Recently, the International Monetary Fund (IMF) through its fiscal monitor and vulnerability index coupled with the European financial crisis has put both the revenue and expenditure sides – and social spending specifically – front and center in the global debate. With the new Universal Health Coverage (UHC) flavor of the day potentially resulting in large recurrent increases in health spending, and with the future of official development assistance (ODA) and development assistance for health (DAH) in question, the fiscal side cannot be ignored.

A complex line of transmission underlies the connection between changes in macroeconomic environment, the general government budget and the inter- and intra-sectoral allocation of resources, including in the health sector. As countries get richer, total and public health spending goes up as a share of the economy. The increase in public spending on health is affected by a variety of reasons, which might include, for instance, sector-specific and economy-wide cost pressures, public demands for spending, and ability to spend. At the same time, spending pressures are increasing, not only for health, but for all sectors.

This tension leads to the need for “thoughtful analytics” on the interplay between fiscal health and health (and other) spending. Health, like any other spending, often competes with other sectors for scarce resources. Under what conditions is it possible to make the case for increasing spending in health (if at all) and how can health policymakers effectively articulate that case?

At this session, we will discuss the current body of health financing work at the World Bank to provide the analytical basis and public finance essentials to assist health policymakers, Bank staff, donor partners, NGOs, and other relevant stakeholders in the development and implementation of fiscally sound and sustainable policies, an area of particular relevance given the potentially large costs of providing universal coverage with its requisite health systems scale-up.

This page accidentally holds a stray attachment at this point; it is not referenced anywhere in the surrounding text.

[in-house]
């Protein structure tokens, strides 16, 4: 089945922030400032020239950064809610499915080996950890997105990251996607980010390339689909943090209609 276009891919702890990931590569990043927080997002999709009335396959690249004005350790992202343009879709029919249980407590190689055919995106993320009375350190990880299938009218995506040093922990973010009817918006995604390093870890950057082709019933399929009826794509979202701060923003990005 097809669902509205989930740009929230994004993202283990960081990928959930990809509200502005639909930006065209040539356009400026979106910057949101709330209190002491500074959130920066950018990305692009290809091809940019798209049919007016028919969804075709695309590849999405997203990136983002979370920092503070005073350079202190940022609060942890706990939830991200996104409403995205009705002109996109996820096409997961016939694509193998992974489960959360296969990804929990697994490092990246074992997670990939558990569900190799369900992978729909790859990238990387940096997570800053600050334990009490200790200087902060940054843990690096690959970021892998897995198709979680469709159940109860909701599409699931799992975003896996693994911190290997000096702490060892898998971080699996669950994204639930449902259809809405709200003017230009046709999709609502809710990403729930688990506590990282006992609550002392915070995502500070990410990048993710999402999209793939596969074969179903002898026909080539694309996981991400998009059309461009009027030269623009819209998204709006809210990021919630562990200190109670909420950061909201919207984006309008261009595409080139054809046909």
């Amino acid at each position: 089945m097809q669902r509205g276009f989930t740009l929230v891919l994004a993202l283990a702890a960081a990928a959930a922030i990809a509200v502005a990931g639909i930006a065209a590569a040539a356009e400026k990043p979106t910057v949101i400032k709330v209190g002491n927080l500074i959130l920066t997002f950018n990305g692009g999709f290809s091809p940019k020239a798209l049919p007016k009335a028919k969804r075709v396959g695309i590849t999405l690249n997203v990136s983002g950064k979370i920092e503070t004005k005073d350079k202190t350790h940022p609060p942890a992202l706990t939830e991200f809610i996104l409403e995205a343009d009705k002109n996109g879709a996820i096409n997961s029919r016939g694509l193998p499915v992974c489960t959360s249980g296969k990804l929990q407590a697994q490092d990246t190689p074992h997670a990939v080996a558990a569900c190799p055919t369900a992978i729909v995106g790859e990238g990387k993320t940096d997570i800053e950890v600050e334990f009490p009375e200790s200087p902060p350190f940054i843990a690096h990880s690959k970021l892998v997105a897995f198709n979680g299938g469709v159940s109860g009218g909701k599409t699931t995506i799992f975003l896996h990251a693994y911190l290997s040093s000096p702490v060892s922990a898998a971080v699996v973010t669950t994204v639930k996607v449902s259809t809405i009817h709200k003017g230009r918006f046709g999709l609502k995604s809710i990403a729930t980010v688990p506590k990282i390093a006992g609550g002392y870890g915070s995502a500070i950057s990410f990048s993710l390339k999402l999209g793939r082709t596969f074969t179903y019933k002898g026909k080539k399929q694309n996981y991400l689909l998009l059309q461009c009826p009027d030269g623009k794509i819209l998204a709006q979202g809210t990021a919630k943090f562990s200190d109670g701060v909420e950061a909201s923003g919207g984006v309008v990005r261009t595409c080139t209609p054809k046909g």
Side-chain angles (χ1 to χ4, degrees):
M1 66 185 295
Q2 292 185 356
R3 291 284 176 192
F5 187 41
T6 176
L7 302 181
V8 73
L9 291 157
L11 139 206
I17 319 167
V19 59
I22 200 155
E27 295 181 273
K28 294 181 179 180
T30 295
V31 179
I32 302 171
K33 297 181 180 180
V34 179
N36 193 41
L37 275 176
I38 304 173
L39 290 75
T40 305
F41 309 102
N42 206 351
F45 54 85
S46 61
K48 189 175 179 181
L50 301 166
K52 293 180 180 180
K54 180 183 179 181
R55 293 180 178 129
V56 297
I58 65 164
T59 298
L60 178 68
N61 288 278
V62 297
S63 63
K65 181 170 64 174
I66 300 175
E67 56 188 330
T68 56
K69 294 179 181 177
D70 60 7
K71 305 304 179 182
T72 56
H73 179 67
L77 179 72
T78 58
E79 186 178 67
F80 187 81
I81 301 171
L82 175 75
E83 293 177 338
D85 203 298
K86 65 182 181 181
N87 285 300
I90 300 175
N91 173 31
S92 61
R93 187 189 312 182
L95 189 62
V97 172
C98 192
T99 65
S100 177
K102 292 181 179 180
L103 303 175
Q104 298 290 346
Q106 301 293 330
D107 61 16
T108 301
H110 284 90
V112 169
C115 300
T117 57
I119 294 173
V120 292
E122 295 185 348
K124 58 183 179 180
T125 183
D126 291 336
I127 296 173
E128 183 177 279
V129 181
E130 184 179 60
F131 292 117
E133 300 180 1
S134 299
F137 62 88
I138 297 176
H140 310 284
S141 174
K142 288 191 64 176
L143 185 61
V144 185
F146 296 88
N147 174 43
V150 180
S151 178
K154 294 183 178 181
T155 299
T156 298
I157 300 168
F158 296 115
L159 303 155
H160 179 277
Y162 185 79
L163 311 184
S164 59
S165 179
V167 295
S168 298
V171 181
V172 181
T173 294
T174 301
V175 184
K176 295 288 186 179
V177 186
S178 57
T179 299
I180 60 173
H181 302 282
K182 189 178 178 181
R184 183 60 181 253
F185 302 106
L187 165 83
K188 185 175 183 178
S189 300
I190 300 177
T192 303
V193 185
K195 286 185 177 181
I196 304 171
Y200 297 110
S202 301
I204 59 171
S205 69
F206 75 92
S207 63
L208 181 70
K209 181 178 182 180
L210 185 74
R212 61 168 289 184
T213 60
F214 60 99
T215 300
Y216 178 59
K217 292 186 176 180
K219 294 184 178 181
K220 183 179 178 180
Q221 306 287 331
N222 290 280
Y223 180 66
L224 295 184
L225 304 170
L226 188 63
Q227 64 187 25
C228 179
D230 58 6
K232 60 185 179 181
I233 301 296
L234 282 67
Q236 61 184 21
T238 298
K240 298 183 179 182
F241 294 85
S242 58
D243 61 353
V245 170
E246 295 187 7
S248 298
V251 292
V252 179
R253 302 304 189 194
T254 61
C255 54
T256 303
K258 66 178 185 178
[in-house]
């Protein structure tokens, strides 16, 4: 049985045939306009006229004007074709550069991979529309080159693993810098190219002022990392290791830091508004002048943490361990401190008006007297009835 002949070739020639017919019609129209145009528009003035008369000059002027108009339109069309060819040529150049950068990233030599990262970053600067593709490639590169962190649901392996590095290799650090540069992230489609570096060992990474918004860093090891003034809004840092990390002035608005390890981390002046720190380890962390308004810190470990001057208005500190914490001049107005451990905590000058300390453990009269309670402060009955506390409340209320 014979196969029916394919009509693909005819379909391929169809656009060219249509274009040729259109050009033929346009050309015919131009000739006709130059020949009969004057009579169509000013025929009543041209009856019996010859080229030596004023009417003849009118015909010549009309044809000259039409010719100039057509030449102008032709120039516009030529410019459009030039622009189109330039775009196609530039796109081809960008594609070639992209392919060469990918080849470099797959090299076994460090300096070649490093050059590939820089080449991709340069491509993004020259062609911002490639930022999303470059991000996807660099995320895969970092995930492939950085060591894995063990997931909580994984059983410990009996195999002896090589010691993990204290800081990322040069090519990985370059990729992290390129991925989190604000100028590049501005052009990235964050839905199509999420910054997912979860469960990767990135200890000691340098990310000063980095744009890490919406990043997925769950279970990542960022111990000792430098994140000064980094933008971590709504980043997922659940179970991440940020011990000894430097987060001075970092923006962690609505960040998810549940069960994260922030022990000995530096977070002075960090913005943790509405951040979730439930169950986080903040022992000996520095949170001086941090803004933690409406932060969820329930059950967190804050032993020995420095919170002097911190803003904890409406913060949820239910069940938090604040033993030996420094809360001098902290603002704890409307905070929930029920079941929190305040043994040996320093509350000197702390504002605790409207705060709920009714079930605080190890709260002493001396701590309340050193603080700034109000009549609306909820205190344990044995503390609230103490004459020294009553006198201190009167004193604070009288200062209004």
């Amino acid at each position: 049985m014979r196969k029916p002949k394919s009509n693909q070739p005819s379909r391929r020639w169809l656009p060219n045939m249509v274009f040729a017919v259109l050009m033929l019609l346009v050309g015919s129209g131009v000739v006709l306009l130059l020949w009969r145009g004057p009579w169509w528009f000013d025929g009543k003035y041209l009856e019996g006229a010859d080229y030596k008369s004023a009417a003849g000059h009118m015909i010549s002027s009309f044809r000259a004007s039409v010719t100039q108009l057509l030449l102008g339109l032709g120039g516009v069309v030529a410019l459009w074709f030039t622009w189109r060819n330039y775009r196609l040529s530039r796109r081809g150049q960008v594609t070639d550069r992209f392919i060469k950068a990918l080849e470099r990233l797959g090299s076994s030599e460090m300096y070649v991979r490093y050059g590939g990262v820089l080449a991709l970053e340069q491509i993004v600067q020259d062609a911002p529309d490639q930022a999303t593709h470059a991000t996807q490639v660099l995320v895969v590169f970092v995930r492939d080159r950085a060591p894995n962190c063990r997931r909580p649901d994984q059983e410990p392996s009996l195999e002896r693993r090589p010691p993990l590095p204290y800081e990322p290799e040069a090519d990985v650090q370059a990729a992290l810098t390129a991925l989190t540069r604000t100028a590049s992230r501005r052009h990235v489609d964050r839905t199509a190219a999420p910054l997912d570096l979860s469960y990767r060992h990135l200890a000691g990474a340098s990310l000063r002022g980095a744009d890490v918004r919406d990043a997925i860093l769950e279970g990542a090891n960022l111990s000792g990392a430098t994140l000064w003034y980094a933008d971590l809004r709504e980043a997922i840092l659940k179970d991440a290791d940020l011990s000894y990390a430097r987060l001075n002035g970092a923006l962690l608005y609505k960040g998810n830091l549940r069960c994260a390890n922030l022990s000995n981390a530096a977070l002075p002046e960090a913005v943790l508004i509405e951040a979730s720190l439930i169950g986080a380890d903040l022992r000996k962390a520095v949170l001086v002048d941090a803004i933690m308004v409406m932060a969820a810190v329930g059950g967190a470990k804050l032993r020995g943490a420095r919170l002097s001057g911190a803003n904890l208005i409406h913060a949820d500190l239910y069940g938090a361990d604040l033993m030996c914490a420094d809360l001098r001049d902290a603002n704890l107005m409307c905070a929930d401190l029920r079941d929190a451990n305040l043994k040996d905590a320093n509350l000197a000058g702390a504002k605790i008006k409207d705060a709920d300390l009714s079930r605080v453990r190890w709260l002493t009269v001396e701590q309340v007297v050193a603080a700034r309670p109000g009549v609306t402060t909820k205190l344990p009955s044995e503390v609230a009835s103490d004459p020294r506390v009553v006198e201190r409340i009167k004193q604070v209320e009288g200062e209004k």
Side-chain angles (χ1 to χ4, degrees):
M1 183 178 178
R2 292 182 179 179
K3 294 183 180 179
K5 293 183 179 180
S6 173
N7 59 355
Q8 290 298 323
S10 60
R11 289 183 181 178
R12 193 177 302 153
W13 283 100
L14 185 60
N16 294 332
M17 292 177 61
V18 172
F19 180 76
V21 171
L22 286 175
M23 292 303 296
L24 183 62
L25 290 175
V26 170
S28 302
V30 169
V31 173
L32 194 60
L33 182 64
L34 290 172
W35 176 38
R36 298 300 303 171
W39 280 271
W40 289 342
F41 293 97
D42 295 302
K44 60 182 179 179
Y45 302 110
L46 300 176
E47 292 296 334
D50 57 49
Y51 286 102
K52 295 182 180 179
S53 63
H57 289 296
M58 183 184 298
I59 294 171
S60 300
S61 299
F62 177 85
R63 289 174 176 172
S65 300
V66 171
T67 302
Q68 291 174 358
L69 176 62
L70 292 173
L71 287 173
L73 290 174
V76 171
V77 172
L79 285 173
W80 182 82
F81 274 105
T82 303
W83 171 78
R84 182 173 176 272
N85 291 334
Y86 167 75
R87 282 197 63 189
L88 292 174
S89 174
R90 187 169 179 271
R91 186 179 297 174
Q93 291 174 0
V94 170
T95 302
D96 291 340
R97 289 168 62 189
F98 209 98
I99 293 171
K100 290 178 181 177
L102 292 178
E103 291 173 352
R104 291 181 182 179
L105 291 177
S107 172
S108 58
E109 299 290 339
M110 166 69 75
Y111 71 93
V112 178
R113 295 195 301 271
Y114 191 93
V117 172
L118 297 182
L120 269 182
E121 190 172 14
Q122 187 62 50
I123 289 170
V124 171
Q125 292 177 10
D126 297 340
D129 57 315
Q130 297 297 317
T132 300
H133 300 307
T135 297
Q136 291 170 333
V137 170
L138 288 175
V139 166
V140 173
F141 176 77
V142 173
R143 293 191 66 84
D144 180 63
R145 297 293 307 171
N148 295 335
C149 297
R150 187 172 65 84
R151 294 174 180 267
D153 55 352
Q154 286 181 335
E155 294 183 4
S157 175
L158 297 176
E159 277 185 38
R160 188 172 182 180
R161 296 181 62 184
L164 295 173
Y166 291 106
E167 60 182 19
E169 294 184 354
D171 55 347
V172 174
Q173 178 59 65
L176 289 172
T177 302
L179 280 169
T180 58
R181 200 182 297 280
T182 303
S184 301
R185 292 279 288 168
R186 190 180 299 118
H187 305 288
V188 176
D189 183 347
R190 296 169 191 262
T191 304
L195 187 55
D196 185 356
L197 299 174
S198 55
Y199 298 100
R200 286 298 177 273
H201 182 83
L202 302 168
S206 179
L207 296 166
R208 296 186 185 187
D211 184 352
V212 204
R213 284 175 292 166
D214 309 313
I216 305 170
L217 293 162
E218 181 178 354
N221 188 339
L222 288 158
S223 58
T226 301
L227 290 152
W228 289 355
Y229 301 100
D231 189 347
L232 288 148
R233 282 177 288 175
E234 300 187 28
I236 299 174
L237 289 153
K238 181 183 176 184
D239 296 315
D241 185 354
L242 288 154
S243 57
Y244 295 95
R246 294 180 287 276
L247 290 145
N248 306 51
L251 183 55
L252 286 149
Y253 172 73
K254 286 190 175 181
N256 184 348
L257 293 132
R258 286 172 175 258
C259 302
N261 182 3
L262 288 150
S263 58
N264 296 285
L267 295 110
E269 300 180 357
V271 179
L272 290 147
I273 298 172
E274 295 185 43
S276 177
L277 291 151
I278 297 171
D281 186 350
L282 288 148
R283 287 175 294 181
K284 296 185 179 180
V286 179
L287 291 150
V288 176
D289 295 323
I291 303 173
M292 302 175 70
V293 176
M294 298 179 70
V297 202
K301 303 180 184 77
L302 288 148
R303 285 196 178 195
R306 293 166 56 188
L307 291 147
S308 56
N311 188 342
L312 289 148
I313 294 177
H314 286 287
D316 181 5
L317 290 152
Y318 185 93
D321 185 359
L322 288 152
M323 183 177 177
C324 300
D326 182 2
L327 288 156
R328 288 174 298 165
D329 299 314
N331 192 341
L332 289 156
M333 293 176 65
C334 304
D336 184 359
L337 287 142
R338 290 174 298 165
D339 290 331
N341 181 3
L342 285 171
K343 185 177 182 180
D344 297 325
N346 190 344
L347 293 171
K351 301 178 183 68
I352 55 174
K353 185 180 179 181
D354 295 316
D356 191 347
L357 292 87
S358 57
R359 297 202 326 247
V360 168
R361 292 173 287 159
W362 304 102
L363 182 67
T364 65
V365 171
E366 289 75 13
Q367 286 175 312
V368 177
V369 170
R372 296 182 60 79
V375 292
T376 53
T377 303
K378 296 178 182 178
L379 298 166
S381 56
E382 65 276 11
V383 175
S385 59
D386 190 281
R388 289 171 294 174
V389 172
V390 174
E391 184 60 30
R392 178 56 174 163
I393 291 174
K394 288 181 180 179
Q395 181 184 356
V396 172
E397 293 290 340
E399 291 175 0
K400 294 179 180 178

John (“Jack”) Langenbrunner is a Health Economist with the World Bank with both research and operations experience. He currently coordinates the new Health Financing and Health Insurance Thematic Group within the Bank, and leads the Bank’s Global Expert Team for Health Financing and Health Systems in 2011-2012.

Since 2008 he has worked on health financing issues and health insurance design and development issues mostly in mainland China, but also Mongolia, Philippines, Cambodia, Thailand and other East Asian and Pacific countries. Prior to that, Jack worked in Eastern Europe in the EU New Member States and in other countries such as Russia, Croatia, Azerbaijan, Kyrgzstan, and Kazakhstan. He has worked as well in selected countries in the Middle East on the development of health systems and health insurance including Egypt, Saudi Arabia, Bahrain, Iran, Jordan, and Lebanon.

Jack’s most recent book is Financing Health Care in East Asia and the Pacific: Best Practices and Remaining Challenges, released in 2011 and co-authored with Aparnaa Somanathan.  He also has recently co-authored two books on resource allocation and strategic purchasing by insurers and other public and private organizations, and has authored or co-authored a number of papers related to this initiative. He also led the Bank’s work on a manual for National Health Accounts for low- and middle-income countries. This so-called NHA “Producers Guide” was published in 2003.

Previous to his work at the Bank, Jack was with the US Health Care Financing Administration, a public health insurance program for over 80 million Americans.  He later went in the early 1990s to the US Office of Management and Budget for three years, where he (among other things) served on the Clinton Health Care Reform Task Force for the US White House.